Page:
Food Procurement and Distribution – PDS & NFSA, Shanta Kumar Committee, FCI restructuring, Buffer stock, etc.

Food Security, Success Story and Challenges Ahead


From UPSC perspective, the following things are important :

Prelims level: NA

Mains level: global Food security challenge

Food Security


  • The Hunger Hotspots Outlook (2022-23) a report by the Food and Agriculture Organization of the United Nations (FAO) and the World Food Programme (WFP) forebodes escalating hunger, as over 205 million people across 45 countries will need emergency food assistance to survive. 16 October is celebrated as World Food Day.

What is the current situation of Food security worldwide?

  • Adverse impact of COVID 19 pandemic: Globally, food and nutrition security continue to be undermined by the impacts of the COVID 19 pandemic, climate change, spiralling food inflation, conflict, and inequality.
  • Challenge of Severe hunger continues: Today, around 828 million people worldwide do not have enough to eat, and over 50 million people are facing severe hunger.

Food Security

What are the challenges for ensuring food security?

  • The challenge of Climate change: Recent climate shocks have raised concerns about India’s wheat and rice production over the next year. Therefore, it is important to place a greater focus on climate adaptation and resilience building.
  • Rising population will need more resource: By 2030, India’s population is expected to rise to 1.5 billion. Agro food systems will need to provide for and sustainably support an increasing population.
  • The challenge of Soil degradation: Nutrition and agricultural production are not only impacted by climate change but also linked to environmental sustainability. Soil degradation by the excessive use of chemicals, non-judicious water use, and declining nutritional value of food products need urgent attention.

How India managed its food security?

  • Constant efforts towards Self-sufficiency: India has had an inspiring journey towards better production and achieving self-sufficiency and is now one of the largest agricultural product exporters. During 2021-22,it recorded $49.6billion in total agriculture exports a 20%increase from 2020-21.
  • Efficient targeted public distribution system: One of India’s greatest contributions to equity in food is its National Food Security Act (NFSA)2013 which anchors the Targeted Public Distribution System (TPDS), the PM POSHAN scheme (earlier known as the Midday Meals scheme), and the Integrated Child Development Services (ICDS).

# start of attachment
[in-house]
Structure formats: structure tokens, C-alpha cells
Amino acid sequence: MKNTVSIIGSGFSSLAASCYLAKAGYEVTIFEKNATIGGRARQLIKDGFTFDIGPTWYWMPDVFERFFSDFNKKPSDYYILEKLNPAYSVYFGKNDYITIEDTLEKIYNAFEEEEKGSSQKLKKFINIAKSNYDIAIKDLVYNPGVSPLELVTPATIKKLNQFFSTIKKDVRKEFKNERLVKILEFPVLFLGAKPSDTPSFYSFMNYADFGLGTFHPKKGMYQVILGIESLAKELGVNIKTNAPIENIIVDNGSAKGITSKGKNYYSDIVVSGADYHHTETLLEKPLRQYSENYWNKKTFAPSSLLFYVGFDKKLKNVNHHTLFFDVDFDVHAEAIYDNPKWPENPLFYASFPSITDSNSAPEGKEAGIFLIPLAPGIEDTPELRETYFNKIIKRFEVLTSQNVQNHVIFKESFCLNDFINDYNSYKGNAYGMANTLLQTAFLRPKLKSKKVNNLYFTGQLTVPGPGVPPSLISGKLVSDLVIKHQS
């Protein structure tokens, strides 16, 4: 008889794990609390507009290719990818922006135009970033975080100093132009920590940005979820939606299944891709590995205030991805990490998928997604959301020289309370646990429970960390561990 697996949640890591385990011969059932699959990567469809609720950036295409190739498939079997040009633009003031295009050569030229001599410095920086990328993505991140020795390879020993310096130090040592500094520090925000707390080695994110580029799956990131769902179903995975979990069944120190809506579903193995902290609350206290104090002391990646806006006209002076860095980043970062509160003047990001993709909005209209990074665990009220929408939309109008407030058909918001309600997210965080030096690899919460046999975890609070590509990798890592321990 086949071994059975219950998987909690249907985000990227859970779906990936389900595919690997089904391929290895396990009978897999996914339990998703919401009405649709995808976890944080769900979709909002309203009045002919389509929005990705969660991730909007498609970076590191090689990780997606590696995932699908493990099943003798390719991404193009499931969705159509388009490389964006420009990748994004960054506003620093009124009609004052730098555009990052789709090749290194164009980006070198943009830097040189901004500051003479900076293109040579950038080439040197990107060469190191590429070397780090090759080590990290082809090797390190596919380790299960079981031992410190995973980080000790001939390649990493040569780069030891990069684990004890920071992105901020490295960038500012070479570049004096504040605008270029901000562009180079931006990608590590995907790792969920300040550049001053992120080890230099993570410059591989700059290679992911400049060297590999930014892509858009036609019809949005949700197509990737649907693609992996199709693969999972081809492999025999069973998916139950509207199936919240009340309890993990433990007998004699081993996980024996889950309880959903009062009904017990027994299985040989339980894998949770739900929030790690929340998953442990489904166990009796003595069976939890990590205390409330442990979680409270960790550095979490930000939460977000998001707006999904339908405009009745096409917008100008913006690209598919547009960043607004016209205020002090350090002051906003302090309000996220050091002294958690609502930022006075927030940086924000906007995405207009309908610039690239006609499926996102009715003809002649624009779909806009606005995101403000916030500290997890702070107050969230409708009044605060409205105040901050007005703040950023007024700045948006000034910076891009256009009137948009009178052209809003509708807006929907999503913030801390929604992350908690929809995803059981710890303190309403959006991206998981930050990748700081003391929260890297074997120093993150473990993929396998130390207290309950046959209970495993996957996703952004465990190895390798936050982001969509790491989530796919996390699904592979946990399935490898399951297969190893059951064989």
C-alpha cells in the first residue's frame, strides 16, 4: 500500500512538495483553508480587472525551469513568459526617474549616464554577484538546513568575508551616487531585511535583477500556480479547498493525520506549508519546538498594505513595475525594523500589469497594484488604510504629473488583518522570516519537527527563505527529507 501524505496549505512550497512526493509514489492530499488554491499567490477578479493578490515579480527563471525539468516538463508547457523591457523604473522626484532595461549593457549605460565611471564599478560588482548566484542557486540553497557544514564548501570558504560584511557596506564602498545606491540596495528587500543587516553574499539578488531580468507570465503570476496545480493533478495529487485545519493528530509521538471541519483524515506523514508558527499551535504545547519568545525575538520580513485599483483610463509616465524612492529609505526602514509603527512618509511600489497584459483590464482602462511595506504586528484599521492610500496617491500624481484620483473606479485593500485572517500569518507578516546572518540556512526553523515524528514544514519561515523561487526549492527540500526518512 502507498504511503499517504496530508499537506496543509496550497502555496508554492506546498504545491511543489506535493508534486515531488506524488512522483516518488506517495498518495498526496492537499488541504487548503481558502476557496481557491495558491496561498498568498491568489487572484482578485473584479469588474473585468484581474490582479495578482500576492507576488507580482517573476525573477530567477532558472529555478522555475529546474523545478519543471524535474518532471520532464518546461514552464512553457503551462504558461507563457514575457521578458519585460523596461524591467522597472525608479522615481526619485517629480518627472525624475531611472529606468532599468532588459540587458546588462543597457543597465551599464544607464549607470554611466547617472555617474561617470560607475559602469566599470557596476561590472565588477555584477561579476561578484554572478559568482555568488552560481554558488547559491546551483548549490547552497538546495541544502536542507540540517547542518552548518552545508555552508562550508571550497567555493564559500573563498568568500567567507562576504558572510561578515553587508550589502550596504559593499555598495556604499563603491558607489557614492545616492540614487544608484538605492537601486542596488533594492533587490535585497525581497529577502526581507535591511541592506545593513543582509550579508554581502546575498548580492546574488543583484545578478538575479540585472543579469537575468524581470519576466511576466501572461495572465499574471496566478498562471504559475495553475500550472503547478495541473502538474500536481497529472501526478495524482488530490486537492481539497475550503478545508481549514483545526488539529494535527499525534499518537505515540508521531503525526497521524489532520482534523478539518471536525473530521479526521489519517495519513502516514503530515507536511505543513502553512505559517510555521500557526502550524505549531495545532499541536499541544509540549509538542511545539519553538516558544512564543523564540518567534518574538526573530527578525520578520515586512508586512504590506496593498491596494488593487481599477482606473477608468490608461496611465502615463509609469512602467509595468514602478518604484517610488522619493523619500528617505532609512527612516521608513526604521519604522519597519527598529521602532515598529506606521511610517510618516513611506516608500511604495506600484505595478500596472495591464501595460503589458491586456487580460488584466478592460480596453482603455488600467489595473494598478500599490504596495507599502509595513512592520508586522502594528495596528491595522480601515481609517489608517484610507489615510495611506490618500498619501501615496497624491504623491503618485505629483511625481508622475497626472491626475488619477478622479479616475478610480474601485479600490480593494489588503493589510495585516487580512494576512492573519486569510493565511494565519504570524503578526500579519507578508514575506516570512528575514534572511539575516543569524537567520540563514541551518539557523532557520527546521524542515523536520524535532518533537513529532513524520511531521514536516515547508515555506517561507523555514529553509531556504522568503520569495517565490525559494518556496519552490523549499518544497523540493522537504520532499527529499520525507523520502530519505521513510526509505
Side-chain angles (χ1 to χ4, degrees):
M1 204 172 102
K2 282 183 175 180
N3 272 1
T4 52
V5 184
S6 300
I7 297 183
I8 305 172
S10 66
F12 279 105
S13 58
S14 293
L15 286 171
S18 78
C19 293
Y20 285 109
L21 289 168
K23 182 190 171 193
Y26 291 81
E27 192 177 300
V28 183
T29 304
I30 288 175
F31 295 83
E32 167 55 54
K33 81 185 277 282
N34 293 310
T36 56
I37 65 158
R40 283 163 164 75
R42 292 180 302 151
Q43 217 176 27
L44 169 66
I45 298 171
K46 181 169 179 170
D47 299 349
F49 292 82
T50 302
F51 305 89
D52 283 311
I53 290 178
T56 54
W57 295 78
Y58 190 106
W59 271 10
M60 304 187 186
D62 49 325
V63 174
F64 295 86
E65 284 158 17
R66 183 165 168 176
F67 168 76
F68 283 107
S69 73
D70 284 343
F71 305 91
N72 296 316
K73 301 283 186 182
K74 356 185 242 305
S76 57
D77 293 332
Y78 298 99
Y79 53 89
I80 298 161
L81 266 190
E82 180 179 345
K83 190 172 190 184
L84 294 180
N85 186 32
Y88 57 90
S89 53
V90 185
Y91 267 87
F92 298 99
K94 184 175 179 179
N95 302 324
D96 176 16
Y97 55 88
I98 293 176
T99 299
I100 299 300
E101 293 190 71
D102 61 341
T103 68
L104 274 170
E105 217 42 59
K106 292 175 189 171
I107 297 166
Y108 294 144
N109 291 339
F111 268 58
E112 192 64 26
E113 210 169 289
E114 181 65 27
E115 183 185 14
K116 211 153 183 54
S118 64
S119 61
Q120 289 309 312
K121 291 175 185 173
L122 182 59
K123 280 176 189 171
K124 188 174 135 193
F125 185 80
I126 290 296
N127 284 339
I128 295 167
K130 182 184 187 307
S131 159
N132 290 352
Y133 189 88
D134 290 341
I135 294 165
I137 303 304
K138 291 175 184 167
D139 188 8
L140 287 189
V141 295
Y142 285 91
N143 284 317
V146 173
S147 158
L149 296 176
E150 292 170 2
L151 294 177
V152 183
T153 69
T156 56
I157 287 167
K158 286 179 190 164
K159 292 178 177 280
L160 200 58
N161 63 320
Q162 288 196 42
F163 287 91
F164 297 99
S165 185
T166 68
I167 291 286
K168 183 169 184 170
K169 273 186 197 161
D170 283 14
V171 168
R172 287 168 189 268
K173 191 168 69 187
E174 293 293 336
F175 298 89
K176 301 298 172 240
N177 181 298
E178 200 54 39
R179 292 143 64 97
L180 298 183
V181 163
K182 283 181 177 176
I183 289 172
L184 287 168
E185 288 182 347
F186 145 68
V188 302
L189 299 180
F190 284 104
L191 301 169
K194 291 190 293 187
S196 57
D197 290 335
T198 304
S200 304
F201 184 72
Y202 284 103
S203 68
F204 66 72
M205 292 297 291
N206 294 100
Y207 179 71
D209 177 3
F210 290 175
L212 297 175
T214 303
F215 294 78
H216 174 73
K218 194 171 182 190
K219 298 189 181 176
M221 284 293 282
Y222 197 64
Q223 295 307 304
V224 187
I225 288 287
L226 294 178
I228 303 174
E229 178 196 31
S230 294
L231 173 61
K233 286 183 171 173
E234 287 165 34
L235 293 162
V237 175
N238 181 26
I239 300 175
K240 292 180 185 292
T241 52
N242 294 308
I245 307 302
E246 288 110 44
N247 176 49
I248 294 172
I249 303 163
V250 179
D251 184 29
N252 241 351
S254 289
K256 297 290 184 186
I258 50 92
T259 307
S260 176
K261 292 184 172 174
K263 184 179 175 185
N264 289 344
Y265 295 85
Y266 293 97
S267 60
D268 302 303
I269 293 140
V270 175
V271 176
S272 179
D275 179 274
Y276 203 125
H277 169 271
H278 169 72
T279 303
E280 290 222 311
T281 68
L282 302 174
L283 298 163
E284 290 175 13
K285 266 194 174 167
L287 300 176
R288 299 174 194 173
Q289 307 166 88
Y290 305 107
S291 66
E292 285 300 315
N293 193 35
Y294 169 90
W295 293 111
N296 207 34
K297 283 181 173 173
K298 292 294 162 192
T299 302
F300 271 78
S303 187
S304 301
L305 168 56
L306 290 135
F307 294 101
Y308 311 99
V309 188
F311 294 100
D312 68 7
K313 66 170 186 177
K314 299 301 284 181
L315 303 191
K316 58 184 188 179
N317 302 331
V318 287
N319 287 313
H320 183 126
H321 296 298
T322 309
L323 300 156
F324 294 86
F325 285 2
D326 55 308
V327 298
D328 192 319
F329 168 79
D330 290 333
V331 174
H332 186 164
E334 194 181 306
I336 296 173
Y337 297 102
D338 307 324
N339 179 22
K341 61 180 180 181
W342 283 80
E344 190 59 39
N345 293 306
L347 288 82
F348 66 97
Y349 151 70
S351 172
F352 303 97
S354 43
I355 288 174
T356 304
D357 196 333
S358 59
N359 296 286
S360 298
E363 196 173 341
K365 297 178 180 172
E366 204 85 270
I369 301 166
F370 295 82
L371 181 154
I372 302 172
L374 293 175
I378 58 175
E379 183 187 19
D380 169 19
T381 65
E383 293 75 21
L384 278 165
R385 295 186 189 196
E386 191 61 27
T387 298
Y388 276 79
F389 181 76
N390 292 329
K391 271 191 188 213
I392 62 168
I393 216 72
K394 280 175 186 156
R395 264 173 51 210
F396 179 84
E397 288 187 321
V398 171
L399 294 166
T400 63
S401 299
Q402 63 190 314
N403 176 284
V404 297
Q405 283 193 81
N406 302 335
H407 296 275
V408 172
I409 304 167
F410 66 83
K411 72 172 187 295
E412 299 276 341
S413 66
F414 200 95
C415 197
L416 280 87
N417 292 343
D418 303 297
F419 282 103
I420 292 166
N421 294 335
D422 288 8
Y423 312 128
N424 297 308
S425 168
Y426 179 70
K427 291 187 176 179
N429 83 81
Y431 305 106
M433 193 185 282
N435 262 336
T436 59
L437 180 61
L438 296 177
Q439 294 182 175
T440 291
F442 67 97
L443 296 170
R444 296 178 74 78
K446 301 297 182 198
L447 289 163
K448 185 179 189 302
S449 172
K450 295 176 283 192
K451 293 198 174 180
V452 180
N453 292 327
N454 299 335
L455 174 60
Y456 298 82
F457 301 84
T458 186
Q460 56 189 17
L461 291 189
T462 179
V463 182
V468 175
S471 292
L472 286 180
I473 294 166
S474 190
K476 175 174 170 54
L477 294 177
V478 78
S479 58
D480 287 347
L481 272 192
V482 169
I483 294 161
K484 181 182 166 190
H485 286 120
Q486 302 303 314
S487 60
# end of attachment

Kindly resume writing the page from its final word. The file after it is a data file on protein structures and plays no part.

• Extensive food safety net: Today, India’s food safety nets collectively reach over a billion people. The WFP works with State and national governments to strengthen these systems to reach the people who need them most.
  • Large scale digitization of programmes: The Government continues to take various measures to improve these programmes with digitisation and measures such as rice fortification, better health, and sanitation.
  • Better buffer stock policy: Food safety nets and inclusion are linked with public procurement and buffer stock policy visible during the global food crisis (2008-12)and the COVID19 pandemic fallout, whereby vulnerable and marginalised families in India continued to be buffered by the TPDS which became a lifeline.
  • Successful implementation of PMGKAY: An International Monetary Fund paper titled ‘Pandemic, Poverty, and Inequality: Evidence from India’ asserted that‘ extreme poverty was maintained below 1% in 2020 due to the Pradhan Mantri Garib KalyanAnna Yojana (PMGKAY

Food Security

How India and World can manage food security?

  • Avoiding conventional input intensive agriculture: There is increased recognition to move away from conventional input intensive agriculture towards more inclusive, effective and sustainable agro food systems that would facilitate better production.
  • Promoting sustainable practices: Since 1948, the FAO has continued to play a catalytic role in India’s progress in the areas of crops, livestock, fisheries, food security, and management of natural resources through the promotion of sustainable practices.
  • Focus on millets: Millets have received renewed attention as crops that are good for nutrition, health, and the planet. As climate-smart crops, they are hardier than other cereals. Since they need fewer inputs, they are less extractive for the soil and can revive soil health.
  • India’s Efforts as an example: India has led the global conversation on reviving millet production for better lives, nutrition, and the environment, including at the UN General Assembly, where it appealed to declare 2023 as the International Year of Millets. It is the world’s leading producer of millets, producing around 41% of total production in2020. The national government is also implementing a Sub-Mission on Nutrition-Cereals (Millets) as part of the National Food Security Mission.
  • G20 presidency an opportunity for India: India’s upcoming G20 presidency is an opportunity to bring food and nutrition security to the very centre of a resilient and equitable future.

Food Security


  • India can lead the global discourse on food and nutrition security by showcasing home grown solutions and best practices, and championing the principle of leaving no one behind working continuously to make its food system more equitable, empowering, and inclusive.

Mains Question

Q.Food security has become increasingly challenging due to unpredictable weather conditions. Illustrate. How India can contribute to the global food security issue.

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